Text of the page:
Alex Pavlovic of CSNBayArea.com writes that the San Francisco Giants -- and not the Los Angeles Dodgers -- were the team Zack Greinke was apparently close to signing with before the Arizona Diamondbacks made a late move and got the 32-year-old right-hander:
When Greinke was introduced to the Phoenix media he said that he was "minutes away from going to a different team ... it was that close." It was assumed that Greinke meant the Dodgers, but industry sources have told CSN Bay Area that the Giants are believed to be the "different team," that Greinke was prepared to choose orange and black when the Diamondbacks swooped in at the last minute.
Pavlovic's story details how the Giants moved quick to sign Jeff Samardzija after losing Greinke, then later signed Johnny Cueto. It also means the Dodgers weren't apparently that close to signing Greinke. What scared them off? We can only speculate, but it boils down to not wanting to invest $30-plus million per year in a long-term contract for a 32-year-old, no matter what kind of season he has just had and no matter that the Dodgers can afford the largest payroll in the game.
Back in November, ESPN Insider Dan Szymborski, using his ZiPS projection system, estimated Greinke's future value at seven years and $187 million. He got six years and $206 million.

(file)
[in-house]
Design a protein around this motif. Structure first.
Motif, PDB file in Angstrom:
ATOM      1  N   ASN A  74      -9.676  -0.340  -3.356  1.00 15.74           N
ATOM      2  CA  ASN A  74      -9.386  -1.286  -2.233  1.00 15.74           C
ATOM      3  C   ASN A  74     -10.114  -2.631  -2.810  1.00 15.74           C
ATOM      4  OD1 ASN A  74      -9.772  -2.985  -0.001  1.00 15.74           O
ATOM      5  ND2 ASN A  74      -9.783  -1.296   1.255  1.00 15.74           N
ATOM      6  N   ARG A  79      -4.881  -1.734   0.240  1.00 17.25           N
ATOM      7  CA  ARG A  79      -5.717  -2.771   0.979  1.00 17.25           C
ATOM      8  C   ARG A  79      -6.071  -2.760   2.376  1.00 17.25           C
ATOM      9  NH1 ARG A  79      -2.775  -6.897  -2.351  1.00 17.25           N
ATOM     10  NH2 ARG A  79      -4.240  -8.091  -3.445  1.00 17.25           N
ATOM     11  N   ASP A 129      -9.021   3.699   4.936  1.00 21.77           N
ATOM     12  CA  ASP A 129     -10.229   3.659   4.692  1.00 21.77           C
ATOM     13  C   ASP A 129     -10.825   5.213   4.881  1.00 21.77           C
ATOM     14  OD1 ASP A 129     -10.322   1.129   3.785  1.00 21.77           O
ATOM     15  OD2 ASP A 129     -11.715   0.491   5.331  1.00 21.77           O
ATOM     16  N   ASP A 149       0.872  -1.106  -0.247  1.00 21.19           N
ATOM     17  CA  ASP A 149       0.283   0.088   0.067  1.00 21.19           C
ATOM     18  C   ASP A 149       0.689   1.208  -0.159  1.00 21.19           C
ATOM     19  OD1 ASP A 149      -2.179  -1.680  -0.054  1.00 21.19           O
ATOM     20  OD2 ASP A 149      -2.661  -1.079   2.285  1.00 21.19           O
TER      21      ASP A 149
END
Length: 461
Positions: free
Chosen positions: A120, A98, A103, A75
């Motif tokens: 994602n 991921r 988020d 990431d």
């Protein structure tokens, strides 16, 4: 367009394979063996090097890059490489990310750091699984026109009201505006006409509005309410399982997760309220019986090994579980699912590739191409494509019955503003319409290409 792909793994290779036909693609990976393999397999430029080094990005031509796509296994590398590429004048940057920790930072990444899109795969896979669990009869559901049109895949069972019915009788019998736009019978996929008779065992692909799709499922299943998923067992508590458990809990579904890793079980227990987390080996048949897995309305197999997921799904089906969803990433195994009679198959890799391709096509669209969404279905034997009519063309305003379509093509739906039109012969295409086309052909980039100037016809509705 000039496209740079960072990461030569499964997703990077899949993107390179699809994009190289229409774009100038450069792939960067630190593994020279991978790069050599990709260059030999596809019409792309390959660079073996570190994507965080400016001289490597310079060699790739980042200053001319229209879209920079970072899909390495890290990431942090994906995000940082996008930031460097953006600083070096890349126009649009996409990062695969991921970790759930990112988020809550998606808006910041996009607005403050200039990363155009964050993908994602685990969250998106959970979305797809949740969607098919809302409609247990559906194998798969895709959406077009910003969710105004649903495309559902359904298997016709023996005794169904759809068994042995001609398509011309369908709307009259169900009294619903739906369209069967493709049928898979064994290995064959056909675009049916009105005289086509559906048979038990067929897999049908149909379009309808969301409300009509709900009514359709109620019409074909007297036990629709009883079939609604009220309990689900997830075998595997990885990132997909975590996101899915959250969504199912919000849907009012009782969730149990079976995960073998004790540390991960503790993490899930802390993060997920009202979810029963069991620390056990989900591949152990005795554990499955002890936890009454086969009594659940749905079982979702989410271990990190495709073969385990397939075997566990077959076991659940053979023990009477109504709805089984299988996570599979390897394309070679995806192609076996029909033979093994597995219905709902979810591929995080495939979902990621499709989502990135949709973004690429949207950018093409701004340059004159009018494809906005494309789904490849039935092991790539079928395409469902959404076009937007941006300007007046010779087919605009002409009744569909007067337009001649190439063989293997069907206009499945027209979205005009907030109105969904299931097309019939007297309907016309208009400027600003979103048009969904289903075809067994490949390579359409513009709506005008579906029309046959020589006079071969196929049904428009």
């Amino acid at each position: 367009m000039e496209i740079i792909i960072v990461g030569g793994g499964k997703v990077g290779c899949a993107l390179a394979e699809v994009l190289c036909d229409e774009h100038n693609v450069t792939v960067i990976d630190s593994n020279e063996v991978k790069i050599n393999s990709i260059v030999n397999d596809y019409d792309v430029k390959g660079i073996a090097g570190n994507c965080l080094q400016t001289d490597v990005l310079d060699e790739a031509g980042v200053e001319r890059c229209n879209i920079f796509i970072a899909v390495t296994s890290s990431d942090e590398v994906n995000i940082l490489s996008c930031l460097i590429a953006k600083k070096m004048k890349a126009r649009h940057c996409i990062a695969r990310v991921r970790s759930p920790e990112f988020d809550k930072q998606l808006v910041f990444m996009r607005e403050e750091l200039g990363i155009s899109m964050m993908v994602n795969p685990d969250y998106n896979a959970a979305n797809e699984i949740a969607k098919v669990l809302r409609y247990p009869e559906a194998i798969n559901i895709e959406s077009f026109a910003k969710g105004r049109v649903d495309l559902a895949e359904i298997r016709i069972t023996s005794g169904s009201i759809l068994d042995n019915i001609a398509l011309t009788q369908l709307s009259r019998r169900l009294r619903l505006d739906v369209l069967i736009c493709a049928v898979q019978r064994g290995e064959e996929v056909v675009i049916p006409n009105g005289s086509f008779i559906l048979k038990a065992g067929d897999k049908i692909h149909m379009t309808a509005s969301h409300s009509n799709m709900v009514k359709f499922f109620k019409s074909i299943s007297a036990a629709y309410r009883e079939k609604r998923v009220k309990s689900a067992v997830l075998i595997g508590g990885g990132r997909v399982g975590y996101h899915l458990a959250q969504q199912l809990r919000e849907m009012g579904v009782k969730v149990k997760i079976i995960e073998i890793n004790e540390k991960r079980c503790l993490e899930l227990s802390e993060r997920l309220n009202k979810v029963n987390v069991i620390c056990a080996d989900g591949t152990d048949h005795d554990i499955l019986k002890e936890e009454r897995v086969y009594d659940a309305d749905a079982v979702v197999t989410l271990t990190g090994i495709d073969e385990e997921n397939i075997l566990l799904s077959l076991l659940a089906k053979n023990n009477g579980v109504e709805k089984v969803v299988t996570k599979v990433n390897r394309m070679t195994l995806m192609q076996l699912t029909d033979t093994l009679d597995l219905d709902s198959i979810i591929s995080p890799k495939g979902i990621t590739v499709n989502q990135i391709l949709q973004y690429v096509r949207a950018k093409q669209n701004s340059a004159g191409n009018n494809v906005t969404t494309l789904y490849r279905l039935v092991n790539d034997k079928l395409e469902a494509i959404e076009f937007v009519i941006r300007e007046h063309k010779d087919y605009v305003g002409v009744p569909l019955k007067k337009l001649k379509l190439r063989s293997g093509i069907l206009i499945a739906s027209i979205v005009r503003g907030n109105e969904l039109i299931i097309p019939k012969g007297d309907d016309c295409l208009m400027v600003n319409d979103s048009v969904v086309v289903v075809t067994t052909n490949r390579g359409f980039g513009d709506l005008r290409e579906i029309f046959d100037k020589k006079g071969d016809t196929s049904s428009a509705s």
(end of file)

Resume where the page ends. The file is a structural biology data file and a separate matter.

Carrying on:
What's the risk they wanted to avoid? Let's take a look. I checked the best pitchers in the past 20 years from ages 29 to 31 and then checked to see how they did in their next six seasons, from ages 32 to 37, the years of Greinke's contract with Arizona. First, here's our list of best guys with cumulative WAR, via Baseball-Reference.com:
1. Greg Maddux, 1995-97: 24.6
2. Pedro Martinez, 2001-03: 19.6
3. Zack Greinke, 2013-15: 17.5
4. Curt Schilling, 1996-98: 17.4
5. Cliff Lee, 2008-10: 17.1
6. Jason Schmidt, 2002-04: 15.8
7. Cole Hamels, 2013-15: 15.6
8. CC Sabathia, 2010-12: 15.6
9. John Smoltz, 1996-98: 15.4
10. Johan Santana, 2008-10: 15.0
11. Roy Halladay, 2006-08: 15.0
12. Mike Mussina, 1998-2000: 15.0
13. Chris Carpenter, 2004-06: 14.2
14. Mark Buehrle, 2008-10: 13.7
15. Justin Verlander, 2012-14: 13.5
Based on the strength of his 9.3-WAR season in 2015, Greinke ranks an impressive third on this list. Let's see what happened to each of these guys.
Greg Maddux, next six seasons: 27.1 WAR (4.5 per season)
From 1992 to 1998, Maddux was as good as any pitcher who ever lived, posting a 2.15 ERA and winning four ERA titles. He had a league-leading 2.22 ERA in 1998 at age 32 and after a so-so 1999 had two more Maddux-like seasons in 2000 (6.6 WAR) and 2001 (5.1 WAR) before his workload and results fell dramatically. This is one of the best-case scenarios, and Greinke is often compared to Maddux for his command and athleticism on the mound.
Pedro Martinez, next six seasons: 14.4 WAR (2.4 per season)
His age-31 season was his final Pedro-like season. He did help the Red Sox win the World Series in 2004 at 32, posting a 3.90 ERA, and then signed a four-contract with the Mets. He had one final hurrah in 2005 before the shoulder issues that concerned the Red Sox popped up.
Curt Schilling, next six seasons: 41.4 WAR (6.9 per season)
One of the best older pitchers ever, Schilling overcame some arm issues he had in his 20s and finished second in the Cy Young voting at ages 34, 35 and 37. People point to Greinke's athleticism and good health history as a reason he may age well, but here's a guy who had some arm problems and certainly wouldn't be described as the same caliber of athlete as Greinke, but pitched his best baseball in his mid-30s.
Cliff Lee, next five seasons: 21.2 WAR (4.2 per season)